Born at Glyn Neath on 24th October 1912, and revelling from the age often in the rough-and-tumble of scrums, mauls and rucks, Dai played in the same Neath & District Schools’ team as another Headingley favourite, dapper halfback Cliff Evans. Schooldays over, he eventually joined Swansea, winning a Glamorgan County cap in 1931, before returning to his roots, to line up in Neath colours with his brother Glyn, and promptly merit selection for the joint Aberavon-Neath XV to face the 1932 Springboks.
Now for the one jersey precious above all other! Came 1934, came the long-awaited celebration in the Prosser household, and a double one at that, Glyn packing down against England at Cardiff Arms Park, and 21-year-old Dai joining him for the next two internationals, versus Scotland at Murrayfield and Ireland at Swansea’s St Helen’s ground, with Rugby League scouts duly impressed and new horizons beckoning.
More than a year was to elapse before Glyn was finally lured to Fartown, but Dai was heading north for York within a matter of months, in readiness for his professional baptism at the hands of Keighley on 15th September 1934. Survival was never in doubt! Quick to adjust, and more than capable of looking after himself and others besides, he was soon attracting the envious eyes of the more fashionable clubs, Leeds’ interest being quickened when his stalwart display against the Loiners in the 1935 Yorkshire Cup Final was followed by selection for the Tour Trial at Weaste. Even so, it was not until Thursday 12th November 1936, just five days after he had represented Wales at Pontypridd in his first R.L. international, that the Headingley management swooped to get their man.
The fee was immaterial, the commitment total! Charged by Mr Edgar Alcock, the Football Chairman, with the task of stiffening the pack, Dai carried out his brief to the letter, providing solidity in the tight and indomitable resolution in the loose. Furthermore, his boundless energy, honest toil and will-to-win enthusiasm were catching. So one can well imagine his disappointment when the Loiners had no more to show for his first three seasons at Headingley than a Yorkshire Cup Final triumph over Huddersfield and two Yorkshire League Championships. Certainly the R.L. Championship had looked to be there for the taking in 1938, and a Wembley Final would still have been on the cards a year later had Vic Hey’s men recovered more quickly from the shock of Arthur Bassett’s controversial try at Odsal. Yet all that was water under the bridge … as the black-outs went up and searchlights began to probe the night skies, he could look back with considerable satisfaction: a Test debut against Australia at Fartown in 1937, and four more games with Wales.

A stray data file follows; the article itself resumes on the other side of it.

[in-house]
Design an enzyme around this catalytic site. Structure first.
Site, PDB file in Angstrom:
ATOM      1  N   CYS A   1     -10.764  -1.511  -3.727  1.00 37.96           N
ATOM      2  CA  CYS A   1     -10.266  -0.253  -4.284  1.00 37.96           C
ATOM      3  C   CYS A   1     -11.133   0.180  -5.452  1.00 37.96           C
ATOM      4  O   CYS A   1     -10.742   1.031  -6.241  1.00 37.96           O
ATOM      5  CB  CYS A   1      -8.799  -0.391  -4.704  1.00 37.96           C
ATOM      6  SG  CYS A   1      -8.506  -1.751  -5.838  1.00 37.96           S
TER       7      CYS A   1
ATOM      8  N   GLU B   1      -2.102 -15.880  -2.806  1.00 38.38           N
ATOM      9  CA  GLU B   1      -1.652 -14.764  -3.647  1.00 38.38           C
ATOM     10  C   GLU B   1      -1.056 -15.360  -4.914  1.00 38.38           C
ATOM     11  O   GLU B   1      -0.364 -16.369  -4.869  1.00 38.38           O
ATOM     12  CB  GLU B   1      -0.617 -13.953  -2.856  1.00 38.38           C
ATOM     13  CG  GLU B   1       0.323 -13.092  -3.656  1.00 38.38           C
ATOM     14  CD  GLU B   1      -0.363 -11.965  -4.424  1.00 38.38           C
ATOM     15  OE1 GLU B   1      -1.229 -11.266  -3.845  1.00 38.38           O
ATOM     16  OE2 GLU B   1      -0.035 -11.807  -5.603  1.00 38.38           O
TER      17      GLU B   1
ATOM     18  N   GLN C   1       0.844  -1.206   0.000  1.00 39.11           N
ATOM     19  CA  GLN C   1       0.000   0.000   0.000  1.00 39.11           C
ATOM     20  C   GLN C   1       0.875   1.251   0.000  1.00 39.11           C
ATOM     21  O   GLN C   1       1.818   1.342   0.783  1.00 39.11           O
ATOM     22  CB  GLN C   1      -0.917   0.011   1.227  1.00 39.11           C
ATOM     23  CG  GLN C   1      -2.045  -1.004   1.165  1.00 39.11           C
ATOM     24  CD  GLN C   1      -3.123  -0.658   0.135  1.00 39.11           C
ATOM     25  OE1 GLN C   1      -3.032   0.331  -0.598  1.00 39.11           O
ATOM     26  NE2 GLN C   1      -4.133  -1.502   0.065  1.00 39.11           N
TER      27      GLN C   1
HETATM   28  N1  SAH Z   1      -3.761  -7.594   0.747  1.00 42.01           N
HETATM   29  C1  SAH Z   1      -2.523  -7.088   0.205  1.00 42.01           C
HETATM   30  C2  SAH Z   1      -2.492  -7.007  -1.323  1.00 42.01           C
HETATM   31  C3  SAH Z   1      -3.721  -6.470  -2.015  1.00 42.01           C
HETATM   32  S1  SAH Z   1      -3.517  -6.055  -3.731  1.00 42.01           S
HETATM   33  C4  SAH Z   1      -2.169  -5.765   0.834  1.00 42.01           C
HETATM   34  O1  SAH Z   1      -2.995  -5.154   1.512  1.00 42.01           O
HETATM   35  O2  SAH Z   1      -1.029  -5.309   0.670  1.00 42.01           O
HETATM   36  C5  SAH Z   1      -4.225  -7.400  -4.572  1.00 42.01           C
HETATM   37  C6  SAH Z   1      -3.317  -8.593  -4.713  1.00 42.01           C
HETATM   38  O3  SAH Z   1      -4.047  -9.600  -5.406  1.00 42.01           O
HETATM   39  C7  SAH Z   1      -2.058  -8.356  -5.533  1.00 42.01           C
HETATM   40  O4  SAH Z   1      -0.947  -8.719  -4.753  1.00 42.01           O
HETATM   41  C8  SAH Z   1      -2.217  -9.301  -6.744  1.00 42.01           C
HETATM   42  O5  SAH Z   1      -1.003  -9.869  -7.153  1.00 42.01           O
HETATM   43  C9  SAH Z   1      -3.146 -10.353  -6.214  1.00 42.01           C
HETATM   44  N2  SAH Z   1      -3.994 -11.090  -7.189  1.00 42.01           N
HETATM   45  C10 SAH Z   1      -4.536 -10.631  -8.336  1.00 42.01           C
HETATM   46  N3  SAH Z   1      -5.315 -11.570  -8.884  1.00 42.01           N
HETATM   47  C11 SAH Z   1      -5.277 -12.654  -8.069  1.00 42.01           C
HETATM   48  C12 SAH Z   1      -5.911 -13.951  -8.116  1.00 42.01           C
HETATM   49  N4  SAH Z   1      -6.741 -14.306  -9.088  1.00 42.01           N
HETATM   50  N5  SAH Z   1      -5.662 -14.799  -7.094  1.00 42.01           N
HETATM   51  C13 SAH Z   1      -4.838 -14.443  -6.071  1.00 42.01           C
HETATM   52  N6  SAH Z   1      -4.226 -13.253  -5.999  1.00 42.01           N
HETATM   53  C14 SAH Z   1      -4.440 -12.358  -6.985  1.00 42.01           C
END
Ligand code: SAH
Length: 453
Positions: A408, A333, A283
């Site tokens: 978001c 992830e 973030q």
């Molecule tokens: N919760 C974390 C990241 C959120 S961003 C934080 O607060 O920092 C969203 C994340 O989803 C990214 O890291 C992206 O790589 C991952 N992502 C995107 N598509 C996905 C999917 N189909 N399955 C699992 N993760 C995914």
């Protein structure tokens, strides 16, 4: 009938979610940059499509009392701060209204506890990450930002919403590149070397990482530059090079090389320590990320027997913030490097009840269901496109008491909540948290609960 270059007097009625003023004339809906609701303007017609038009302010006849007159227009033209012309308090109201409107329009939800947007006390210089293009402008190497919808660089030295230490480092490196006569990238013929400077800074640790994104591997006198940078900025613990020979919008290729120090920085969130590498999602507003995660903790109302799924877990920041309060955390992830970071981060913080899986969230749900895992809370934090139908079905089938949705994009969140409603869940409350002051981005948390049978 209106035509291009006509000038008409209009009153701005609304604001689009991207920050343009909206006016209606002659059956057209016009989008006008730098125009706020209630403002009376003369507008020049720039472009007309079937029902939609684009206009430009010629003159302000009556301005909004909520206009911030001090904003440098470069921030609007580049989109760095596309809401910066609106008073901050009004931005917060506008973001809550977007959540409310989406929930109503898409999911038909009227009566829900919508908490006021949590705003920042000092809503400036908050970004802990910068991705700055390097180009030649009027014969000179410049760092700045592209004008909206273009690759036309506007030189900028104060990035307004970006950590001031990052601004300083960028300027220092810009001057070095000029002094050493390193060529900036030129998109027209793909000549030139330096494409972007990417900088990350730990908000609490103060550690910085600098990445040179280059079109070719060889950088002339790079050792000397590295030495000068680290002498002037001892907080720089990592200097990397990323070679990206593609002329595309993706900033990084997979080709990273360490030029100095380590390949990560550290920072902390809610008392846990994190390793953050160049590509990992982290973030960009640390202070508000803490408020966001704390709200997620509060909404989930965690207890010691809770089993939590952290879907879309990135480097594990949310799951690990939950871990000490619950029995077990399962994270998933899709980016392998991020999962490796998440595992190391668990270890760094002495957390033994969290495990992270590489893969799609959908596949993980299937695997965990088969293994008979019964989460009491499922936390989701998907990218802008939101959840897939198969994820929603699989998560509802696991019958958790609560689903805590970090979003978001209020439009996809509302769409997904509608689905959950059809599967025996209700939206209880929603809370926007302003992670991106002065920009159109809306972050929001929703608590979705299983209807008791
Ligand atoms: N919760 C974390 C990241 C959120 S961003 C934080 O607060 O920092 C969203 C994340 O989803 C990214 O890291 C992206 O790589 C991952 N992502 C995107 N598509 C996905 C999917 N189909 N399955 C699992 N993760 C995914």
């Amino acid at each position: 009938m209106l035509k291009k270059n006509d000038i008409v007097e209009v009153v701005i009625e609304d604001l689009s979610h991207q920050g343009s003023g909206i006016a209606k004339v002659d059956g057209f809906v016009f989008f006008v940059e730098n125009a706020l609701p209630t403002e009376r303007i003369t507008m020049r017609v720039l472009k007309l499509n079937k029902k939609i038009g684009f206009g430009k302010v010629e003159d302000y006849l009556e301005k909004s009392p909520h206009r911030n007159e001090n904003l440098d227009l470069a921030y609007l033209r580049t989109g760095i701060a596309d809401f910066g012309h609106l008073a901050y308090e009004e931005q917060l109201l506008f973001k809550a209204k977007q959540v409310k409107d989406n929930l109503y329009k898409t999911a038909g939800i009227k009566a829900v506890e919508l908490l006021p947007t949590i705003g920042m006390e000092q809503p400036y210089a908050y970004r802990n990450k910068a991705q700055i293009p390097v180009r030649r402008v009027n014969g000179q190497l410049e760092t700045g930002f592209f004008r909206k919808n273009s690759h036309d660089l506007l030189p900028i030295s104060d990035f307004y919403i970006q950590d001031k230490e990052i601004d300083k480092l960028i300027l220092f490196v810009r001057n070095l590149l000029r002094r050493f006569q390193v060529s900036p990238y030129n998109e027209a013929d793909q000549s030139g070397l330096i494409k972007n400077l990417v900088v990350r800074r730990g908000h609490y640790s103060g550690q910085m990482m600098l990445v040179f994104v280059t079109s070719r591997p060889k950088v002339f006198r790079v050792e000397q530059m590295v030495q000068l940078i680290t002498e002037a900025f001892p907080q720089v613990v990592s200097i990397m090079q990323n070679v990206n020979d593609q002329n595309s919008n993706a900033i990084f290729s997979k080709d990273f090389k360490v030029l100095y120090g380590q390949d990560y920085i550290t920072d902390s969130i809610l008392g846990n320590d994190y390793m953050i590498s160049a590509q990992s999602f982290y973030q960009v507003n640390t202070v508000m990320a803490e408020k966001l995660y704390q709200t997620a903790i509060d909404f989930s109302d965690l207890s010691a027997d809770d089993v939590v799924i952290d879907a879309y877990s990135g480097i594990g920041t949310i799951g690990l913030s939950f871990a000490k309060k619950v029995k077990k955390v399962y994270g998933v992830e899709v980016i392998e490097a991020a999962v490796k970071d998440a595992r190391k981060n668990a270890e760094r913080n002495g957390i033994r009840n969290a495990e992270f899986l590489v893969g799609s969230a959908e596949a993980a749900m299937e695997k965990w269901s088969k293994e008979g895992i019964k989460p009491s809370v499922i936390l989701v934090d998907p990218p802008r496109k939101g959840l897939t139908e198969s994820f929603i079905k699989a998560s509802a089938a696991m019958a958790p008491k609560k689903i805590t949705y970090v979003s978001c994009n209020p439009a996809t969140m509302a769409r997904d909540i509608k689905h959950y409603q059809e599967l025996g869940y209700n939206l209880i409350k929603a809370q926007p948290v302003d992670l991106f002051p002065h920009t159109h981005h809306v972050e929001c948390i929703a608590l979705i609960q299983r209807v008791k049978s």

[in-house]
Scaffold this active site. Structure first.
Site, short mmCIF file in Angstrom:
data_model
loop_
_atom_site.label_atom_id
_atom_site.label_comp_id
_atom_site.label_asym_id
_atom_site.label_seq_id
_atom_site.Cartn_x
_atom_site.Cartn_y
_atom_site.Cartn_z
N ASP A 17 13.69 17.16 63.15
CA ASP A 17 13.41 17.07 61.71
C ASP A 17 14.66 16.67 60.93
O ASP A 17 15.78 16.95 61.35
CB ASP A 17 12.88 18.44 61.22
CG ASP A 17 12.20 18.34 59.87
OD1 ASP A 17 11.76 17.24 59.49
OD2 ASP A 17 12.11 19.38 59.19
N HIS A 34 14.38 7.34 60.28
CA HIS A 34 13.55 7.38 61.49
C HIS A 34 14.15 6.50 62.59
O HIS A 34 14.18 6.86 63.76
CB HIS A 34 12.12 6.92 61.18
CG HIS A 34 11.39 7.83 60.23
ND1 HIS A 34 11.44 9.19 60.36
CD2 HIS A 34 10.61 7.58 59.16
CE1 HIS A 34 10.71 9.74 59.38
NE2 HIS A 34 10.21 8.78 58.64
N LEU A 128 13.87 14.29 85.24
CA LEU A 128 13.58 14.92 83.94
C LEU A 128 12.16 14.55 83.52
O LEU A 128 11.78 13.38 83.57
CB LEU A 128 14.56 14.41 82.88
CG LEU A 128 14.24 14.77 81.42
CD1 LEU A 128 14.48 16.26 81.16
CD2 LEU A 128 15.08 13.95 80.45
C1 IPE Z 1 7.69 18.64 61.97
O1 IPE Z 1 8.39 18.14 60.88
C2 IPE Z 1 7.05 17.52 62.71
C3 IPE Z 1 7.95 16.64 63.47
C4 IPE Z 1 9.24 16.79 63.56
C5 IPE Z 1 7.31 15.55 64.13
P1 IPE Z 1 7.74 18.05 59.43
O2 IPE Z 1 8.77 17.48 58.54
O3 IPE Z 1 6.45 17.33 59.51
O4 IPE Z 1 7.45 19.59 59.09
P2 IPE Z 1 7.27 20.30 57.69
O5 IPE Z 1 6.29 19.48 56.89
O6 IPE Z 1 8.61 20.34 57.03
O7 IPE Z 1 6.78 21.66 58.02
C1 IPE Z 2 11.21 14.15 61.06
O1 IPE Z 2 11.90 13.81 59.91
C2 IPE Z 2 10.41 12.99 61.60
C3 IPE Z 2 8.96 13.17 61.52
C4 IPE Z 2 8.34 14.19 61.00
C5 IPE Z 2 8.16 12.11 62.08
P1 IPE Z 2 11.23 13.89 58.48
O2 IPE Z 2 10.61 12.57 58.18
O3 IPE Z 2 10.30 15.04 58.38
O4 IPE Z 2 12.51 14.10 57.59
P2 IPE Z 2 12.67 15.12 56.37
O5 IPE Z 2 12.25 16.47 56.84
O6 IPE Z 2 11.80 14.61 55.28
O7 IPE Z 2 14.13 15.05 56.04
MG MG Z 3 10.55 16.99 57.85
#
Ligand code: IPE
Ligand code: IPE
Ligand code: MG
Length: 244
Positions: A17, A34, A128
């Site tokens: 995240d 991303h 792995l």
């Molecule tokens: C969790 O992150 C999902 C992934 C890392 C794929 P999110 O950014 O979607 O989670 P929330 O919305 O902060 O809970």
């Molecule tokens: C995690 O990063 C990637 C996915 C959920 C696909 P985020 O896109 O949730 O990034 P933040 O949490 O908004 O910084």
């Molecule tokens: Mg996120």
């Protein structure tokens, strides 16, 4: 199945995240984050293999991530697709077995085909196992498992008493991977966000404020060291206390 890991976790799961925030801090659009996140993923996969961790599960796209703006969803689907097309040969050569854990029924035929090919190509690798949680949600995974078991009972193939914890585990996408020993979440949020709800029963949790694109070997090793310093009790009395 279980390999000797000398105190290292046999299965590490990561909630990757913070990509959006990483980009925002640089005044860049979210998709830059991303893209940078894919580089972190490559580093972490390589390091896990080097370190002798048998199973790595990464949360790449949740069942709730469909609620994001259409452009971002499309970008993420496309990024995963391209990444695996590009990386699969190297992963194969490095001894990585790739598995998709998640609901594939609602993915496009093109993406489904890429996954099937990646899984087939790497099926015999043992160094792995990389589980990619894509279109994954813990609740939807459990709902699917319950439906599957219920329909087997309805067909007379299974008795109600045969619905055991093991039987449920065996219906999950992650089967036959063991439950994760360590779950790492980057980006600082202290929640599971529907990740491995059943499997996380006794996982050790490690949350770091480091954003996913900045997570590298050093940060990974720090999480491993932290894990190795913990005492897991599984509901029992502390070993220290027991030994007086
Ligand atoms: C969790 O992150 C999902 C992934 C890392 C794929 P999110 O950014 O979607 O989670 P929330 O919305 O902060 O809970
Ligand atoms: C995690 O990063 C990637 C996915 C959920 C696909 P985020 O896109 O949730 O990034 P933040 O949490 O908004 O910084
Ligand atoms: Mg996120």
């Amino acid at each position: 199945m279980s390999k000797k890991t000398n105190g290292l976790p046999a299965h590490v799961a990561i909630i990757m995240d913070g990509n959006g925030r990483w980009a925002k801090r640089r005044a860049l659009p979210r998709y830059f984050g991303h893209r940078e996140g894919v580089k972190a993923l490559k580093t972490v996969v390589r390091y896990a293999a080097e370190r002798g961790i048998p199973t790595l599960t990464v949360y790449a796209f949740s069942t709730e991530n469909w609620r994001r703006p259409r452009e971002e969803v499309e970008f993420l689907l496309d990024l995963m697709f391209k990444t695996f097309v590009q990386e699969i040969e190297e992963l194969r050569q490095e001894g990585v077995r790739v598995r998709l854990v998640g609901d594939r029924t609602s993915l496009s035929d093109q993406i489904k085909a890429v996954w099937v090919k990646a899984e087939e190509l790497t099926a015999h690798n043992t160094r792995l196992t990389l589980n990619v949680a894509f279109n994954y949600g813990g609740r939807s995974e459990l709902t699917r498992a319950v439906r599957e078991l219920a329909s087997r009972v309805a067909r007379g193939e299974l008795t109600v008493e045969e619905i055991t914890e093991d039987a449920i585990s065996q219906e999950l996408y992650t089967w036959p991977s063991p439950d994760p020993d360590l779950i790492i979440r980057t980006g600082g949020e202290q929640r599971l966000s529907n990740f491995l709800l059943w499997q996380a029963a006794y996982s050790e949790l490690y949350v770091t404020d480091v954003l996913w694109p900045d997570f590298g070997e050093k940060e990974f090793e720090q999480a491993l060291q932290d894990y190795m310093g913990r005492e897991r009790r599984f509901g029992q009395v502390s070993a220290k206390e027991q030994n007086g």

A Sergeant-Instructor in the Army, Dai was able to turn out on 96 occasions in the Emergency Competitions, his reassuring presence being a tremendous boost for players, management and spectators alike, not least in the two R.L. Cup Final victories over Halifax in 1941 and 1942, as well as the two-leg Final won by Dewsbury in ’43. As for representative matches, apart from taking his final tally of internationals to eight, he figured in the ‘ pride and prejudice’ match staged at Headingley, between a Rugby League XV and a Rugby Union XV, drawn from Northern Command.
For all he was thirty-three years of age when ‘normal service’ was resumed, his fitness and stamina were never in question, putting far younger men to shame as he battled on regardless through the dark days of gloom and adversity. And how he responded to every challenge in the 1947 Cup campaign, blizzards and all, the 1st Round drama, with snowbound Barrow playing both legs at Headingley. Home again in the 2nd, and a 5-0 mudbath defeat for Hunslet. A similar score in the 3rd, after a titanic he-man encounter, with Central Park virtually awash, then, the Semi-Final rout of Wakefield Trinity at Fartown. Only to finish as second-best to Bradford Northern at Wembley. He deserved better! As he did six months later, too, in a Yorkshire Cup Final replay, Trinity holding out to win by the odd point at Odsal.
Given a joint-benefit with Dai Jenkins in April 1949, but still playing on for one more season, his dreams of taking a curtain call at Wembley were rudely shattered by Warrington at Odsal. Headingley was his scene, anyway! So there he was on 22nd April 1950, erect as ever, broad in the shoulder and strong in the neck, barging clear from his own line and running into trouble, yet obviously ready to take on the whole Halifax team, if need be, as he fought for every yard, just as he’d done ever since 1936. And how the crowd loved it! Fourteen seasons! The fee was immaterial, the commitment total!
Based in York, where he had a fish shop, Dai took over as trainer-coach at Clarence Street for a time in the mid-Fifties, before returning to Headingley as coach in 1960-61. And what a season that turned out to be! Taking on board all the Prosser attributes of fire, dedication, grit, determination, and togetherness, without which all the skill in the world becomes devalued, the squad played like Dai, and for Dai, with heart, and won the R.L. Championship for the first time in the Club’s history.
They played like Dai, and for Dai, with heart, and won the Championship. There could surely be no finer epitaph than that for the man from Glyn Neath.